The algorithm produces a mesh of points
on the unstable manifold . This mesh is a
* discrete object*, and it is
represented by sequences of *N+1* points,
where each sequence is a discretization of a piece
of the curve
in
each of the leaves of . We desribe the
algorithm in its simplest form, when the number
of leaves *|M|* remains fixed. Mesh
adaptation by adding leaves during the computation is
the topic of Section 3.4.

The mesh is computed in steps by adding a (discrete) circle to the
mesh of the previous step. This process is illustrated with an
animation.
By a (discrete) circle we mean a set of
*|M|* points, one in each leaf of .
The algorithm stops
when the prescribed number *N* of circles
has been added.
The mesh is stored in
the array `Mesh[i][`

*r*`]`

of points in
, where `i`

and . In other words,
`Mesh[i]`

is a circle of *|M|* points, and
`Mesh[*][`

*r*`]`

is a seqence of
*N+1* points in the leaf .
The initial circle `Mesh[0]`

is
simply *M*, and the next circle `Mesh[1]`

consists of
the points that
are a prescribed initial distance from
*M* along the linear approximation .

During the computation we need
the * continuous object*
, which is the approximation
of the computed part of defined as a linear
triangulation of the mesh points.
is stored
as the dynamical array of triangles
`Tri`

. Each
triangle contains three pointers to points
of `Mesh`

and three pointers to
its direct neighbors.
Note that consecutive circles of points in
`Mesh`

define a ring of triangles in `Tri`

of
. Consequently,
adding a circle to `Mesh`

means adding
a ring to `Tri`

.

Suppose that we want to add a circle to `Mesh`

,
which means that we want to add a new point to
each of the
*|M|* sequences `Mesh[*][`

*r*`]`

.
Such a point is the next point along the curve
at a prescribed
distance from the
last point. The basic idea is to
find a point *q* in the continuous object
that maps into
under *f*
and lies at distance from the
last point in . Since
is close to , its image
is close to
as well. In practical terms, we need
to find the triangle *T*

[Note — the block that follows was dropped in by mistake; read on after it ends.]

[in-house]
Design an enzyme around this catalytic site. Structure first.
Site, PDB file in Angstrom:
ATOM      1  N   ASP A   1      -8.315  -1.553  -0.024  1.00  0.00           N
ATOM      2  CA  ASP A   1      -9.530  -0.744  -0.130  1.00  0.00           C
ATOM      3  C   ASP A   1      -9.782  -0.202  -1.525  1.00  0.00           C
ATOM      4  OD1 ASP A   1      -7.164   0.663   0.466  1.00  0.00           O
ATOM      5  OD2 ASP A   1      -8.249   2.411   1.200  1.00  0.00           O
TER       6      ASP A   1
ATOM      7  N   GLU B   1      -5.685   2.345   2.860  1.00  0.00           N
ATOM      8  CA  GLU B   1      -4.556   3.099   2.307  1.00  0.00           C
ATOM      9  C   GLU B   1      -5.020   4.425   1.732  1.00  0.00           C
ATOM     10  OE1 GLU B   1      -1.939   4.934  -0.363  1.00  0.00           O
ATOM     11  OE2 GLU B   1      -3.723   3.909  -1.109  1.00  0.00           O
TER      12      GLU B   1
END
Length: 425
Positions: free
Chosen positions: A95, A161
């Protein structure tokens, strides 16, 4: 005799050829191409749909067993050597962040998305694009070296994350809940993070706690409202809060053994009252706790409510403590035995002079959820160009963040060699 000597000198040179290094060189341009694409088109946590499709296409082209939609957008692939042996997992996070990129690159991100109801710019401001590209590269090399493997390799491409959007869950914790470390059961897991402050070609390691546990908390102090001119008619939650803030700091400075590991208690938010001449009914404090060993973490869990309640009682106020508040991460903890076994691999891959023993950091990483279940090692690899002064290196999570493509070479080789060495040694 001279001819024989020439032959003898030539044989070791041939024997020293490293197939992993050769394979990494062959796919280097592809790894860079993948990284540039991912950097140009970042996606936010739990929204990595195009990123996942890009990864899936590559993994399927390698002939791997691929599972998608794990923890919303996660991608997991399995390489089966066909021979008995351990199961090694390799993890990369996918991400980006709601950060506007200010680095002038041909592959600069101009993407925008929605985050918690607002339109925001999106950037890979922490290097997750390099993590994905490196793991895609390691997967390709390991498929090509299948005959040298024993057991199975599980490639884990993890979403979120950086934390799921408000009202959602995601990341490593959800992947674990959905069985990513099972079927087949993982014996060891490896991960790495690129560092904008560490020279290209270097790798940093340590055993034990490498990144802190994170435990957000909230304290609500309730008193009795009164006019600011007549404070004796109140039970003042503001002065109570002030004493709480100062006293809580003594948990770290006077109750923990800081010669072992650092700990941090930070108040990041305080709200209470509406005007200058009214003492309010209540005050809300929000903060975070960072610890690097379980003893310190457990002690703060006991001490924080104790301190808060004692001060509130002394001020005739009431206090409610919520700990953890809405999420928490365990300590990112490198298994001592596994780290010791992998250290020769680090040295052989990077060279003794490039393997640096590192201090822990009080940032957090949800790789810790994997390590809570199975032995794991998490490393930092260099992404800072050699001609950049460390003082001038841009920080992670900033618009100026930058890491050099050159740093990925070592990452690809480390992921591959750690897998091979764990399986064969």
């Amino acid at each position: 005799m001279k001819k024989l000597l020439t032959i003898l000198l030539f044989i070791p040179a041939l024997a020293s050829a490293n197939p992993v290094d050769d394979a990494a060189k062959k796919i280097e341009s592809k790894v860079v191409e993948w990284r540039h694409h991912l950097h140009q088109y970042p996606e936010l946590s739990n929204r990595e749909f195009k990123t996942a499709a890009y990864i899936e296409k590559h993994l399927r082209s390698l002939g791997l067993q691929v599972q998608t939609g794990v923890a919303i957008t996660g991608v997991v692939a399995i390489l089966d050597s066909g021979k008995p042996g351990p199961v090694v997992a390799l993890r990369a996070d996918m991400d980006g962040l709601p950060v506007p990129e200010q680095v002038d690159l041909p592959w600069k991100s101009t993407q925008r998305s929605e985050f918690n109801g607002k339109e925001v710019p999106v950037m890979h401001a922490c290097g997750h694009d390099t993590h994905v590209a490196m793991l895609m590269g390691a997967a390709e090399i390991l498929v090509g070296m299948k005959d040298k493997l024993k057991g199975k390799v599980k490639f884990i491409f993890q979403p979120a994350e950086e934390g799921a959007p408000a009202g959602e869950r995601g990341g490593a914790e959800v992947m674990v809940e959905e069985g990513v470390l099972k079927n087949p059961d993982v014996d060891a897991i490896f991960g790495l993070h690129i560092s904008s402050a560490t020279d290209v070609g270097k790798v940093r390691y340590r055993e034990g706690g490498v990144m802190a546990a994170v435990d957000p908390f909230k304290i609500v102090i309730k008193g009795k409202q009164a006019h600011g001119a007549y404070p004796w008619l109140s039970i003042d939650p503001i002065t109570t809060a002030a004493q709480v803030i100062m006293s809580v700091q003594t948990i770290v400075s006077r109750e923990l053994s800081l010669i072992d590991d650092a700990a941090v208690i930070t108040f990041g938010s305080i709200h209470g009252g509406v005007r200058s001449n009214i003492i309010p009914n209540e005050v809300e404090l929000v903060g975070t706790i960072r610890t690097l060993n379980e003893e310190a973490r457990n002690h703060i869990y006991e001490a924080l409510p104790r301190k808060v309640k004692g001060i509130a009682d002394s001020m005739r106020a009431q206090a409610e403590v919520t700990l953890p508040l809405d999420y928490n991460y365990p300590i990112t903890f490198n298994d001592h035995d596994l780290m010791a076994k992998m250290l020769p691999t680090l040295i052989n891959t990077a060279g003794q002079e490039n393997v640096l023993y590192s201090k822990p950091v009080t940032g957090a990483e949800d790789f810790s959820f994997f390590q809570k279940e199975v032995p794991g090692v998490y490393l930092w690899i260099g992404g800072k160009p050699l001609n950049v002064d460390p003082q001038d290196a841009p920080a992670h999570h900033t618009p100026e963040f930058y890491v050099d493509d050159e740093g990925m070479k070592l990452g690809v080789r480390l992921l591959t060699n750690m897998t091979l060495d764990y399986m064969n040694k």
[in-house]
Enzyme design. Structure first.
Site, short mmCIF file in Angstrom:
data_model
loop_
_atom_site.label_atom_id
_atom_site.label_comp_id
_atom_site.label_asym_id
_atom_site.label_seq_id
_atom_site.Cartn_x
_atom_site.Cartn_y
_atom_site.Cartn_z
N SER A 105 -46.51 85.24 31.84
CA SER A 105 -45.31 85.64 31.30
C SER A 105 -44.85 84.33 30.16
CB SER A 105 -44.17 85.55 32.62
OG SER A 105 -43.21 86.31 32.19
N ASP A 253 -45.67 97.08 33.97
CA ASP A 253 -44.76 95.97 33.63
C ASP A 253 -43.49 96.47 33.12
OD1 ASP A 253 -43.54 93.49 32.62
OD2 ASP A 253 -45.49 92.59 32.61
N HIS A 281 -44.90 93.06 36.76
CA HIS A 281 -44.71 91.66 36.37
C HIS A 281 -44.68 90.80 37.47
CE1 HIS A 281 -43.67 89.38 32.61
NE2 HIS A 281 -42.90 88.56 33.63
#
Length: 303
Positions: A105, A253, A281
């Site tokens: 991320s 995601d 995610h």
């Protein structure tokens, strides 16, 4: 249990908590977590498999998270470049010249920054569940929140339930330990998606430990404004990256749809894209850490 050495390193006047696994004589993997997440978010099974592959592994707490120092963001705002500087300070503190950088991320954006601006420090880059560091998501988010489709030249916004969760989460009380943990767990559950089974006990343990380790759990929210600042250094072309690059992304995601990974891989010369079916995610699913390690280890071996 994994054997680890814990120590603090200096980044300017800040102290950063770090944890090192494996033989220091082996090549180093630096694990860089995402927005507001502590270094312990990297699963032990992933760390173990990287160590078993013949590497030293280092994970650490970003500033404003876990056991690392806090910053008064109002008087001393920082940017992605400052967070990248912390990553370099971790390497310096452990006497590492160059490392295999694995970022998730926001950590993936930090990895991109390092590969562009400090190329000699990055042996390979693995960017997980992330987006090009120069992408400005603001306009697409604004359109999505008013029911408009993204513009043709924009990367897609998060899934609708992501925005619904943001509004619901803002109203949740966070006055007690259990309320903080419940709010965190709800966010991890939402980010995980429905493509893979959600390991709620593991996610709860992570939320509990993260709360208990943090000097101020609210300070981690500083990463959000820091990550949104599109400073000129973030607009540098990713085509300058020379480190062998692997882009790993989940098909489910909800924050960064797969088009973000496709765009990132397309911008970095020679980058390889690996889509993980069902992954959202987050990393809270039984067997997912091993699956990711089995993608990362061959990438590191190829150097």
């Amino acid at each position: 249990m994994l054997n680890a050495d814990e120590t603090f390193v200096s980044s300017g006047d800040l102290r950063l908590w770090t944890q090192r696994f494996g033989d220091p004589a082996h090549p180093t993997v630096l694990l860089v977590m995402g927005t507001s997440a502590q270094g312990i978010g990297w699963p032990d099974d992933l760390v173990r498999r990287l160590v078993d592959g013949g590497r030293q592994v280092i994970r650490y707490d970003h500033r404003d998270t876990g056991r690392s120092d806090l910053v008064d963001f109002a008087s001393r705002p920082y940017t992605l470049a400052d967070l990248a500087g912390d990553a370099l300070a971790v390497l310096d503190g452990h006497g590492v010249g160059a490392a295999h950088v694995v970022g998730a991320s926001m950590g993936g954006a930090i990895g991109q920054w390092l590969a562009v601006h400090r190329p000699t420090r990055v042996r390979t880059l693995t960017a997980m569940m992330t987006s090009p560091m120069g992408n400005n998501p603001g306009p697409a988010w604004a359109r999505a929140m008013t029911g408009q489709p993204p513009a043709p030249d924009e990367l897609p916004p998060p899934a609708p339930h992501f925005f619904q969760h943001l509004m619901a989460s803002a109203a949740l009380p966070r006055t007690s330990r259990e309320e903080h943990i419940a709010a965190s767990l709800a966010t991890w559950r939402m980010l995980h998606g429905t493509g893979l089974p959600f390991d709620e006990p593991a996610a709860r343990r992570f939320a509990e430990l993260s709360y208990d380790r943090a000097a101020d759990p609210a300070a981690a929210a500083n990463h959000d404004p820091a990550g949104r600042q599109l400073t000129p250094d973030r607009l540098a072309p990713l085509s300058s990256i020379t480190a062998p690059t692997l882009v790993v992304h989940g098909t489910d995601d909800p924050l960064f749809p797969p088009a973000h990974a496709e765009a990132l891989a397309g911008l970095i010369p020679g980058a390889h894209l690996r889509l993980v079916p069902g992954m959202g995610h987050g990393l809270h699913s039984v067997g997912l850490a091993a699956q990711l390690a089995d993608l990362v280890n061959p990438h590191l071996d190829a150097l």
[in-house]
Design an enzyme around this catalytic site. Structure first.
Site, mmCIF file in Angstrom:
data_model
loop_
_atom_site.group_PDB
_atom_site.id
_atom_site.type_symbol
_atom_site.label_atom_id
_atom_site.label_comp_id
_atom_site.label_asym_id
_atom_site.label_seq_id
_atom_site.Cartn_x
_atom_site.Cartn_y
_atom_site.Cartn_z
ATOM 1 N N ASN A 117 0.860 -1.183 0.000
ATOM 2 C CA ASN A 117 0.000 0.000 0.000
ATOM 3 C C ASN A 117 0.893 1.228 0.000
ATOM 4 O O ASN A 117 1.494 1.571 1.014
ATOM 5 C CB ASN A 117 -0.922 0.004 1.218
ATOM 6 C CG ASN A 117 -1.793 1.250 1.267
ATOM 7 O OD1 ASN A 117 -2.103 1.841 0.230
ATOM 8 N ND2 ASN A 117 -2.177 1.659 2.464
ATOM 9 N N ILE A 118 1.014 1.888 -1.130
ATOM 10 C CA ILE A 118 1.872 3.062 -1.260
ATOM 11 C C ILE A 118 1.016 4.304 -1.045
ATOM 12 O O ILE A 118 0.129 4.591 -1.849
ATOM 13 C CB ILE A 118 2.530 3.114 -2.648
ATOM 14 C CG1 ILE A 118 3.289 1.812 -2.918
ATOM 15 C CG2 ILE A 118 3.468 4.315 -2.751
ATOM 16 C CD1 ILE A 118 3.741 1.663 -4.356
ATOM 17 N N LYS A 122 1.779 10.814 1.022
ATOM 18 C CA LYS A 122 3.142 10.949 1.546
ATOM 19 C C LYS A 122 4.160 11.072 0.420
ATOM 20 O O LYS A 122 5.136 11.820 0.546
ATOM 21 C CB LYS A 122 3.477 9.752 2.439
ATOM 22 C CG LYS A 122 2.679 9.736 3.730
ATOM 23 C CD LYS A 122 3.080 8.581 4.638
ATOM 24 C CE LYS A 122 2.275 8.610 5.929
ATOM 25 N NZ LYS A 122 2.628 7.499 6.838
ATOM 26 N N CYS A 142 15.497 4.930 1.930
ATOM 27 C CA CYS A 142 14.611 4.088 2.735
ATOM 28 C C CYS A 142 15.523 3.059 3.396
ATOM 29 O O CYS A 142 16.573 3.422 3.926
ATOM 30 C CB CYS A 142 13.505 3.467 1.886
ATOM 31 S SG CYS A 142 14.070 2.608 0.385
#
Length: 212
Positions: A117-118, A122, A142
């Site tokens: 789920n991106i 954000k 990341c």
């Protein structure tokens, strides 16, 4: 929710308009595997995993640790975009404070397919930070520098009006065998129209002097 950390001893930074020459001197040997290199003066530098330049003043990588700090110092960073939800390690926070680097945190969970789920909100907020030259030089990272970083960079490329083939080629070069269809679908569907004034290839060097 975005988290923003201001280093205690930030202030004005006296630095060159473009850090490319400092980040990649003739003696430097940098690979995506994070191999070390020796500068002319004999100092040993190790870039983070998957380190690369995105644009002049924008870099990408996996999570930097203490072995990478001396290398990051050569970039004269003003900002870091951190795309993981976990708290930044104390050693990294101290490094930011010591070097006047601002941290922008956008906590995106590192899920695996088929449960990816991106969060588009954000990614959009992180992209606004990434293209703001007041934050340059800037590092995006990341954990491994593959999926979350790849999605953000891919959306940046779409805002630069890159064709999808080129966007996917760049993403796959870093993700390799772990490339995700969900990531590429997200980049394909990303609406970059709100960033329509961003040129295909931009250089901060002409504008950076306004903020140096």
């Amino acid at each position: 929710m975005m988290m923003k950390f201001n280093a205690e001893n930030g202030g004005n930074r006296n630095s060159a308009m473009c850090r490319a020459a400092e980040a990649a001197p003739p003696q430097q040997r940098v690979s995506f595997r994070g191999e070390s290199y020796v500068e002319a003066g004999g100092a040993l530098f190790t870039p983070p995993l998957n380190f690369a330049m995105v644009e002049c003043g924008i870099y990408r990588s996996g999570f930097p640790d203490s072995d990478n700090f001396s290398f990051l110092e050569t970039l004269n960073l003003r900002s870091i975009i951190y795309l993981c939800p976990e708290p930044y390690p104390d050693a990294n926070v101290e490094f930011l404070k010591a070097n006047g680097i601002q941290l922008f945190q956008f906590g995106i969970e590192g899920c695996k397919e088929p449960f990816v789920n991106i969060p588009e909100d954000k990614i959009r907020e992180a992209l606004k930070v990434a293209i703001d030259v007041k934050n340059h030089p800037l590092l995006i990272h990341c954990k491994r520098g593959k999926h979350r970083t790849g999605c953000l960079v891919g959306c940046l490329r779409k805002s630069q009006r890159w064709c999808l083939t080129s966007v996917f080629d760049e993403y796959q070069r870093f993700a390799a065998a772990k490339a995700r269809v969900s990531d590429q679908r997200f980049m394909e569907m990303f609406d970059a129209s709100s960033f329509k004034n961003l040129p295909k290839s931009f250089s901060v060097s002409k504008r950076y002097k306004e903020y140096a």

in `Tri`

that contains
*q*, and then find *q* by bisection in *T*.
This works if the distance between
the last circle and its *f*-image
is at least ;
see Figure 2 (bottom).

We now give a detailed, more technical description of
the algorithm. It can be found in pseudo-code
in Figure 4
and Figure 5.
Suppose that we have computed
*k-1* rings that are stored as a mesh
of *k* circles in
`Mesh[i][`

*r*`]`

, where `i`

, and
let `Tri`

contain all triangles of
the associated triangulation.
The idea is to add a new circle
`Mesh[k]`

of points at a
prescribed distance from the last circle
`Mesh[k-1]`

. This can be done if the
distance between `Mesh[k-1]`

and its *f*-image
is at least ;
compare Figure 2 (bottom).
If this distance is less
than we add a new circle at
this smaller distance from `Mesh[k-1]`

.
The latter situation is certain to occur in the
beginning of a computation, when the distance of
`Mesh[k-1]`

to *H* is still small.

Adding the circle `Mesh[k]`

to the mesh means that
for all we need to
find one additional point
`Mesh[k][`

*r*`]`

in each sequence
`Mesh[*][`

*r*`]`

.
This new point must lie at distance
from `Mesh[k-1][`

*r*`]`

along the unique intersection curve . The idea is to find a point , such that is this new
point in the sequence; see
Figure 6.
Clearly *q* must
satisfy two conditions: it must
map into , and it must map
to a point of distance
from `Mesh[k-1][`

*r*`]`

.
The new point lies close to ,
because .

In most cases, the
intersection
is a single connected curve,
so that *T* contains
the point *q* we are looking for.
This situation is sketched in
Figure 7 (top).
By (two-dimensional)
bisection on *T* the point
can be found on the curve
.
The bisection is exact up
to the prescribed bisection tolerance .
We then set
`Mesh[k][`

*r*`]`

= .
It may happen that consists
of two separate curves,
so that
and .
Then typically
.
Here
is the (uniquely defined) triangle,
which has the edge with *T* in common that is not
entered first or exited last
by ; see
Figure 7 (bottom).
In this case, *q* can be found by
bisection on . In our implementation, we
found it sucessful to
always perfom bisection on fo find *q*.
In case a point *q* with the mentioned properties
cannot be found, the algorithm stops.
This may be caused by the fact that also
consists of disconnected pieces.
If this is indeed the case it is
possible to continue the computation further
by restarting with smaller .

The algorithm GLOBALIZE is shown in pseudo-code in
Figure 4. The procedure MINDIST
computes the minimal distance between
*f*(`Mesh[k-1]`

) and `Mesh[k-1]`

.
This is done by first
computing the intersections of with the
*f*-image of the continuous polygon with vertices
`Mesh[k-1]`

, and then
taking the minimum of the respective distances
in the leaves.
The heart of the algorithm is the procedure
ADDCIRCLE, which returns the new circle
`Mesh[k]`

. Then `Tri`

is updated
by UPDATE, which means that a new ring of
triangles is added to `Tri`

.
ADDCIRCLE is shown in pseudo-code
in Figure 5. The procedure
FINDTRIANGLE returns the triangle *T* as
specified above, and the procedure
BISECTION returns .
This completes the description of the algorithm.

Written by: Bernd Krauskopf
& Hinke Osinga

Created: May 27 1997 ---
Last modified: Wed Jul 2 10:51:06 1997